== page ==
Thursday, April 1, 2010

April 2010: Financial Literacy Month!

April is Financial Literacy Month. You know financial literacy is in troubles when they dedicate a month to it! Because today is April 1, I thought we could start off with a list of the reasons to be financially literate, following the example of other famous top ten lists.

Top ten reasons to be financially literate:

1. Because being financially literate is smart and sexy!
2. Because it is useful to know that ARM has to do with mortgages and is not a rock band;
3. Because 401(k) is the worse name that could be given to pensions and you still cannot figure out how anyone came up with it;
4. Because you are tired of having to get endless stock market tips from your brother-in-law;
5. Because you would love to criticize banks but do not know what to say;
6. Because you need topics to share with your barber/hair-dresser, taxi drivers, and bar tenders that make you look rich and cool;
7. Because everybody talks about the financial crisis and you have no clues what is going on and whom to blame other than banks;
8. Because you have time to spare now that unemployment is really high and nobody seems to be able to find a job;
9. Because you want to protect granny from scams;
10. Because you want to mathematically prove that the Lexus your neighbor drives with such pride was a bad financial decision.


Clau said...

Great comment! "Financial Literacy is in big trouble"
If you would like to learn more about it, we play CASHFLOW 101 on Sundays in Downtown Vancouver. It is free and everybody is welcome.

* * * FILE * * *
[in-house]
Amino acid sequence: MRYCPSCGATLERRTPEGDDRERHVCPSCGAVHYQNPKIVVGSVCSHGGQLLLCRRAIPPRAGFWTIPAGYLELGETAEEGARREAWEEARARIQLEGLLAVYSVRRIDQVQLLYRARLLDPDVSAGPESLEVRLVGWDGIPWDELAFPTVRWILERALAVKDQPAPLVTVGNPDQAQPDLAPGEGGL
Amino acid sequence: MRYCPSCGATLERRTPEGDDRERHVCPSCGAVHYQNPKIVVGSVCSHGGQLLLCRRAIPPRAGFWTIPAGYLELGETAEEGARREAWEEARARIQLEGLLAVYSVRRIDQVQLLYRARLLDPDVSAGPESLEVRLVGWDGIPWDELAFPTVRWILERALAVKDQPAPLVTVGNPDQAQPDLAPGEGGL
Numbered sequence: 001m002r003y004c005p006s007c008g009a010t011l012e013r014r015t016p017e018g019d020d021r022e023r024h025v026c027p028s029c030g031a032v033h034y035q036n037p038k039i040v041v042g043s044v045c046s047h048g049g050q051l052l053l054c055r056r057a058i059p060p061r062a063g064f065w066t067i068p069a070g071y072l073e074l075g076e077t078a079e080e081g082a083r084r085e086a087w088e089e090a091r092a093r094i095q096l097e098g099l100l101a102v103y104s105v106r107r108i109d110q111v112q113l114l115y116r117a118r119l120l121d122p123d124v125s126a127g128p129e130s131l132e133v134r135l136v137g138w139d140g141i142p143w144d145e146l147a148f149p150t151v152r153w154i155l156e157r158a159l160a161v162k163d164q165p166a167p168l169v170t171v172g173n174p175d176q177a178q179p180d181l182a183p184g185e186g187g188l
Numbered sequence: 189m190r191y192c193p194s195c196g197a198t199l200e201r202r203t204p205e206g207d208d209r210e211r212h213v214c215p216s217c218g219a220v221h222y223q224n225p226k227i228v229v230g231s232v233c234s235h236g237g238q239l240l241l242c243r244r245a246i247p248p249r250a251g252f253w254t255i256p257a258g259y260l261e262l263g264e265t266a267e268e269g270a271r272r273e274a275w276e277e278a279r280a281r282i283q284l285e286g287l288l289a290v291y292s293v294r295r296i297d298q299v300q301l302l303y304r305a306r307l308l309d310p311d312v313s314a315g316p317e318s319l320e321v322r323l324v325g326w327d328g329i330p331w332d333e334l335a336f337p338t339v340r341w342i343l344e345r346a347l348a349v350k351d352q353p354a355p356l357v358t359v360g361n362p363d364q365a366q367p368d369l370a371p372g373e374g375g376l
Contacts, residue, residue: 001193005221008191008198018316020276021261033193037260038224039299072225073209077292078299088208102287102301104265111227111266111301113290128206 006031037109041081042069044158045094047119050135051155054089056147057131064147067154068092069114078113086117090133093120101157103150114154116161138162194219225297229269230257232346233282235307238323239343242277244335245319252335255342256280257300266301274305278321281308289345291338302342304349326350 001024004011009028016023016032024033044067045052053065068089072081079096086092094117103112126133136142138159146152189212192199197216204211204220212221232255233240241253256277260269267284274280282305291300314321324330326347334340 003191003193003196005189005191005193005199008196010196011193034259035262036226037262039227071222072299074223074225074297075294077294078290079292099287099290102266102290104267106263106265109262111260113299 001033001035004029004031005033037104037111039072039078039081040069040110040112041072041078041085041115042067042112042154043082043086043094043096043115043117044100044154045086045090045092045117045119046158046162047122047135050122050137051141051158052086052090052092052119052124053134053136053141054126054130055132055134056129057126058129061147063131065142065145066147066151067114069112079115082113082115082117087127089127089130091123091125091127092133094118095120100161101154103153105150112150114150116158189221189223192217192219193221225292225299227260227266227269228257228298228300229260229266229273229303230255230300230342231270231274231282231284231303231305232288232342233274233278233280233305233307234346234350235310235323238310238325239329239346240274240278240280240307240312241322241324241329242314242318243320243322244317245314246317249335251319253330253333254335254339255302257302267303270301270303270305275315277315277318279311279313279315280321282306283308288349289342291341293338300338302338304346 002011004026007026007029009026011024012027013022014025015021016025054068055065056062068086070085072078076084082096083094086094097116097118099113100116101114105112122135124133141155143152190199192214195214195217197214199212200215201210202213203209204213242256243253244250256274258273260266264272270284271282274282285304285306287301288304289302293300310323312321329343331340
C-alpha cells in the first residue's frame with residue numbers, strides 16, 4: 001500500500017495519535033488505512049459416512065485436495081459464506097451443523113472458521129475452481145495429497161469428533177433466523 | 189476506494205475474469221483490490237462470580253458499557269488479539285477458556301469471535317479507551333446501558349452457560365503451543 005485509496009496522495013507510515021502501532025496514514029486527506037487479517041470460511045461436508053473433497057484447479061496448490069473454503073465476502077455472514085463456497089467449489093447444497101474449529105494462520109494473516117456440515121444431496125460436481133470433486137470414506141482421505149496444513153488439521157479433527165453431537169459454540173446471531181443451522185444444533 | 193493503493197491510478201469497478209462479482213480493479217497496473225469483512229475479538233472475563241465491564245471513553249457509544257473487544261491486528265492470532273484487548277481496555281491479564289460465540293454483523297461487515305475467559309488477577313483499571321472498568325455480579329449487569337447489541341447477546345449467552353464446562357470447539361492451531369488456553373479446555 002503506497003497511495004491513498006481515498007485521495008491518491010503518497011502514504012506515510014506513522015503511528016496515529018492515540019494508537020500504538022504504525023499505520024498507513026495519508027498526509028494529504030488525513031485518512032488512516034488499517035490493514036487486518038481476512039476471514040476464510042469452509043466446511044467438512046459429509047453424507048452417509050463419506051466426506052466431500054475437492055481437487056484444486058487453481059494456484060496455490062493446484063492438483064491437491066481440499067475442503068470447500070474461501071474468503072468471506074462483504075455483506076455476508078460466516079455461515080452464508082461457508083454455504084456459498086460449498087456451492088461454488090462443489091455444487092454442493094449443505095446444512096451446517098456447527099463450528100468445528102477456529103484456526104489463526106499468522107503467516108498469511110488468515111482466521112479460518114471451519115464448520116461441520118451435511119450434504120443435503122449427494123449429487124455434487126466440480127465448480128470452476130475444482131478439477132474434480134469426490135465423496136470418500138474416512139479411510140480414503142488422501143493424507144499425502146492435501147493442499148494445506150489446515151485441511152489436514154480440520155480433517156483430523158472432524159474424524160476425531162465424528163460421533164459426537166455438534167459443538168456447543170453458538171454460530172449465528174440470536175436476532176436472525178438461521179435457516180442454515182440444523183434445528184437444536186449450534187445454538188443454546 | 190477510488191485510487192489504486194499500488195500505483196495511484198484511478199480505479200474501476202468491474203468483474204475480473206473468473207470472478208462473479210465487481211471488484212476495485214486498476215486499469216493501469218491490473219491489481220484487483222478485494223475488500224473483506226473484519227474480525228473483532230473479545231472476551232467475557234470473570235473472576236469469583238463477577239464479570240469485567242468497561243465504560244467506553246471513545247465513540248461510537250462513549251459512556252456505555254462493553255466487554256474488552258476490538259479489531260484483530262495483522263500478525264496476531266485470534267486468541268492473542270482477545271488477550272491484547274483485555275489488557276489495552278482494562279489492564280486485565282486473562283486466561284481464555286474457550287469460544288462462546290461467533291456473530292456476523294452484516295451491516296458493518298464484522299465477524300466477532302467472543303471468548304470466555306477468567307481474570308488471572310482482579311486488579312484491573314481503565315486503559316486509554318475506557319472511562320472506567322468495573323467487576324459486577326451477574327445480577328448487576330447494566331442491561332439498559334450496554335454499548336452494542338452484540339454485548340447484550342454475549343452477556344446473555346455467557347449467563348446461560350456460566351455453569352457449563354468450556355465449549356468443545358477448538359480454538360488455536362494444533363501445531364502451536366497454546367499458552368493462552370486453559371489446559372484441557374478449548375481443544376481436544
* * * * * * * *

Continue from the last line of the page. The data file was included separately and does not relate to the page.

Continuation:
E-mail me at

Amit said...

Hi, your blog is really nice & wonderful, while reading it I truly like it.

Richard Slocum said...

Ms. Lusardi -- I read your suggestion in today's NY Times (April 25) about adding Financial Literacy to high school curriculums across the US. I could not agree with you more. This seems so obvious to me. I recall hearing Robert Schiller speak at an annual meeting I attended, and hearing him recommend spending many dollars to educate the US populace on personal finance. I've always felt that your solution is more comprehensive and cost effective, and that the only thing preventing a very practical idea like this from occurring is the fractious nature of our state educational system. You have a voice -- please use it. This idea must gain a lot of strength in the national discourse. This is the only way to get the bureaucratic state school sytems to change. It looks like the consumer is getting his balance sheet back in line, with credit statistics improving. The
sad part about this is that most of it is as a result of a rise in personal bankruptcy. It is so strange to me that (having grown up in the US educational system) we can spend multiple years teaching and reteaching our children US History, and yet we can let them graduate without having taught them how to balance a checkbook, or how much money they need in order to take out a loan, that credit card debt is not tax deductible, etc.

Use your voice to help rectify this oversight in our educational system.


Richard Slocum
Director Portfolio Management
The Robert Wood Johnson Foundation